Wednesday, September 28, 2011

A Contrast

If there is an organization that prospers from fear and suspicion, it's the NRA, those self-appointed guardians of the 2nd Amendment. The NRA has grown to be the model of successful one-issue special interest groups, learning in the process that pounding the drum of dread can never be overdone - not when your business is ADVOCACY! In fact, to the NRA even good news is not to be entirely trusted. This is WAR!
Not satisfied that the US leads the world in private firearms ownership, NRA bigshot Wayne LaPierre recently had an explanation as to why the Obama administration has not so far turned into a vicious gun-confiscating tyranny. Oh, it's still coming, opined Mr. P. It just hasn't STARTED yet. All the more reason to help the NRA in its fight to evict all gun opponents by upping your membership dues, and throwing in a little more if you can.
LaPierre even has a place he feels is under-armed compared to the rest of the country - colleges and universities. A setting which already features not-quite-mature individuals, plenty of drugs, both legal and not, armed security forces and a large potential for real time misunderstandings between parties needs just one thing to achieve full peace - more guns. Maybe I should ask Mitt for the cost of a lifetime NRA membership. Maybe not.

I have no problem, however, bringing up the recent reaching of a milestone by Mariano Rivera. Who's Rivera? According to one statistical criterium, he's the greatest relief pitcher who ever lived. Rivera is a native of Panama, but his baseball home is still the New York Yankees, for whom he has practiced his craft for a full 17 years. He's now 41 years old.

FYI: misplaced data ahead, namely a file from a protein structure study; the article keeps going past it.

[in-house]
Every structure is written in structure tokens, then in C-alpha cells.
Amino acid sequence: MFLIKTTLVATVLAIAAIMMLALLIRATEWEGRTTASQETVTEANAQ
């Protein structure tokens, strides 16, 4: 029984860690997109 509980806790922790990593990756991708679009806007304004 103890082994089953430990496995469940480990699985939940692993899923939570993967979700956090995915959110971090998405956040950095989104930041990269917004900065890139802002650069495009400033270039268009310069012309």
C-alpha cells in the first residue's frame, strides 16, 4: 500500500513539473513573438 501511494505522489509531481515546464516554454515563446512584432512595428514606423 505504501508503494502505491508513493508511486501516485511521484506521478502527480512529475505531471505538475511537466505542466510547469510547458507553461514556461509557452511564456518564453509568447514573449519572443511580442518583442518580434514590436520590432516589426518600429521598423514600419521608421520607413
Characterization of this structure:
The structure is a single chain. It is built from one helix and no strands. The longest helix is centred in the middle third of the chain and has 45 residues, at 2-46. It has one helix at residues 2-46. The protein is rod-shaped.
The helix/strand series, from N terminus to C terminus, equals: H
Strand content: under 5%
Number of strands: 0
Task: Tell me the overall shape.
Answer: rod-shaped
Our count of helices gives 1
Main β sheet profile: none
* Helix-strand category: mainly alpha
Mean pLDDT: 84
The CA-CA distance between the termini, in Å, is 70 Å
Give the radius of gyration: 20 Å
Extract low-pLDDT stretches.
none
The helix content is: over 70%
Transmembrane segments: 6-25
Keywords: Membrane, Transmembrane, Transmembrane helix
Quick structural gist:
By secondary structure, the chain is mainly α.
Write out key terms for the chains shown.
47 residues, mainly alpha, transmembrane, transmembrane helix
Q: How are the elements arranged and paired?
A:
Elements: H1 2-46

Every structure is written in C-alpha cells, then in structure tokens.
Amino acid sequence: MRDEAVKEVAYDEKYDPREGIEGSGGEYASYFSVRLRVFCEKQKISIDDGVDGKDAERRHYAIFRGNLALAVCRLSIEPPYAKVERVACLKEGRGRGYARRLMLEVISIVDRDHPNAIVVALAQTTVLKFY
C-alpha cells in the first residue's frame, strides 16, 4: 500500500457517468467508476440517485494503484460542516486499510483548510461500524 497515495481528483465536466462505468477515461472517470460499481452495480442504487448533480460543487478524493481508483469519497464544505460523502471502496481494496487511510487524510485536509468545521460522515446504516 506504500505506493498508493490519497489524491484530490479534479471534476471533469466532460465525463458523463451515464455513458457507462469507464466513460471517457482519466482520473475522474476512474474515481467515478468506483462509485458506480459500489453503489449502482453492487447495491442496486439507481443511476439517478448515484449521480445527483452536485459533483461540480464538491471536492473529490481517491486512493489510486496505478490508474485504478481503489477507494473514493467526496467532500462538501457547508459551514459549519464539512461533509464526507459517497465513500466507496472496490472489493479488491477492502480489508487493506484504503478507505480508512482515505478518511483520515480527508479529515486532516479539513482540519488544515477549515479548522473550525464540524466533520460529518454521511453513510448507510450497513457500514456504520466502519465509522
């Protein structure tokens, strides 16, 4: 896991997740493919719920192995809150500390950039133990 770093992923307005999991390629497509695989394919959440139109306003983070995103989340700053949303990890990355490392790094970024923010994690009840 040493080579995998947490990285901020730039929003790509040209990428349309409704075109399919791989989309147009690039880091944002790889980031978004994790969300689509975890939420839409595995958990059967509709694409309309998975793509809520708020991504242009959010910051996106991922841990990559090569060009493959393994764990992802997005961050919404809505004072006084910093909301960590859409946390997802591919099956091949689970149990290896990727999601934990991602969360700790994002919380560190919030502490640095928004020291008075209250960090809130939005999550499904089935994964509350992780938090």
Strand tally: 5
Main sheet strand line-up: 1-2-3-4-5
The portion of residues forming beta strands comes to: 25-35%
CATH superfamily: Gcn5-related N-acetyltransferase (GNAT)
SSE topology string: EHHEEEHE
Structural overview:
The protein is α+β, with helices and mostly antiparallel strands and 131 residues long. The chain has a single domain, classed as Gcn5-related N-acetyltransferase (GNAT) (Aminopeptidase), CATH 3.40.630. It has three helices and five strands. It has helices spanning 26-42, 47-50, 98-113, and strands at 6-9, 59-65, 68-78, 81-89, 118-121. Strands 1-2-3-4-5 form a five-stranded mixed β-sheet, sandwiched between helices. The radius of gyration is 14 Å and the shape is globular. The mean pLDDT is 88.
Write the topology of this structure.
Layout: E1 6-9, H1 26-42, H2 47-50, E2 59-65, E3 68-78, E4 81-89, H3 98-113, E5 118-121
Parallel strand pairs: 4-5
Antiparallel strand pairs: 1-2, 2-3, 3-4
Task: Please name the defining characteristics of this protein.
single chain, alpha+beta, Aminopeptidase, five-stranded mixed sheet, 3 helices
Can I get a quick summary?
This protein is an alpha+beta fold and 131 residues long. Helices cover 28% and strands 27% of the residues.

Perhaps a word of explanation is needed here. You may know that relief pitchers are the ones who don't start the game, but may be called upon later to come out of the "bullpen". Relief pitchers can also become specialists. The best-known kind of reliever is the "closer", whose job it is to keep the other team from scoring when your team leads, and finish as the team's final pitcher. The closer then gets credit for a "save". It goes without saying that "closers" are important guys, whether it's the Yankees or anyone else.
Rivera just broke the record for saves in a career, topping 600 times he has ended the game smiling. Remarkably, he relies on just one pitch, a fastball variation that he controls with deadly accuracy. Everyone knows it's coming, but he still leaves opposing batters lunging, baffled and muttering to themselves while making the long walk back to the dugout. It's not true that no one ever hits one of his pitches, but the guy is famous for getting even better in the biggest games, notably the World Series.
Things get over-watched, over-analyzed and over-hyped in New York City, but Rivera's life off the field is wonderfully dull. He's never been in any trouble that I can recall, though the pressure on him to succeed must be enormous.
I'm probably the only one anywhere making this odd comparison between a pressure group and a relief pitcher. One must, owing to umpires and sportswriters, do his job honestly. The other - not so much. The truth of accomplishment is contrasted to the temporary spoils of hype. If Rivera were my neighbor, I'd have a reason to take up Spanish again. If LaPierre moved in, I wouldn't waste a Christmas card on him. What a contrast!


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